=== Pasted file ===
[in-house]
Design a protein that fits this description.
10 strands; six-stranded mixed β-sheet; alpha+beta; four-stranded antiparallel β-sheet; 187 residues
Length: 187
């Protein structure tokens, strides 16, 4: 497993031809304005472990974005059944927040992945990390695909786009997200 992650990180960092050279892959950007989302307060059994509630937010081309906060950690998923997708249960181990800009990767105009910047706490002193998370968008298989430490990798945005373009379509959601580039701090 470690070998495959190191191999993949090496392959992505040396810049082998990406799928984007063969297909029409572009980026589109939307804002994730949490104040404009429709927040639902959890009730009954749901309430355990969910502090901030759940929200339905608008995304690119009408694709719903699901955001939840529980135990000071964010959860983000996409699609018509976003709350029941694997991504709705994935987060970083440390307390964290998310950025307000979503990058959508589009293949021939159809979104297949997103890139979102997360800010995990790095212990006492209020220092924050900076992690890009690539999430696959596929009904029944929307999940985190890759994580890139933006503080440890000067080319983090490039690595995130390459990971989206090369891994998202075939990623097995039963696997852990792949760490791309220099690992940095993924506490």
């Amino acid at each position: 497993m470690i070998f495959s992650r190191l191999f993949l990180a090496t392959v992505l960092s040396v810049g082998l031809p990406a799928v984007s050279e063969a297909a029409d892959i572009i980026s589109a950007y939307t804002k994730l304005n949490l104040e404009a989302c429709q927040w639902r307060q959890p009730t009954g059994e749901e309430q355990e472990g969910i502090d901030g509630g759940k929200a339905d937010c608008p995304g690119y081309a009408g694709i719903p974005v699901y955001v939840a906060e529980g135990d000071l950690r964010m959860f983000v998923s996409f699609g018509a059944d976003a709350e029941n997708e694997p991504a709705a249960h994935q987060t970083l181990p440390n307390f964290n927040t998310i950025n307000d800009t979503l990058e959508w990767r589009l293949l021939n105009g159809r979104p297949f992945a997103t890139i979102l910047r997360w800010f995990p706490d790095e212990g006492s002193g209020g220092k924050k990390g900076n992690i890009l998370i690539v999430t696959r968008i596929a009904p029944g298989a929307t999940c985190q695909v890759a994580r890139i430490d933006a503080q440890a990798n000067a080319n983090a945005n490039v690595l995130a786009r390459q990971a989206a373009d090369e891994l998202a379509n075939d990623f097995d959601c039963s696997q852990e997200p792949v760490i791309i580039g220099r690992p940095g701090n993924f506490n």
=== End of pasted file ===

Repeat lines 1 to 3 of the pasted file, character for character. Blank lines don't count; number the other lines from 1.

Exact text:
[in-house]
Design a protein that fits this description.
10 strands; six-stranded mixed β-sheet; alpha+beta; four-stranded antiparallel β-sheet; 187 residues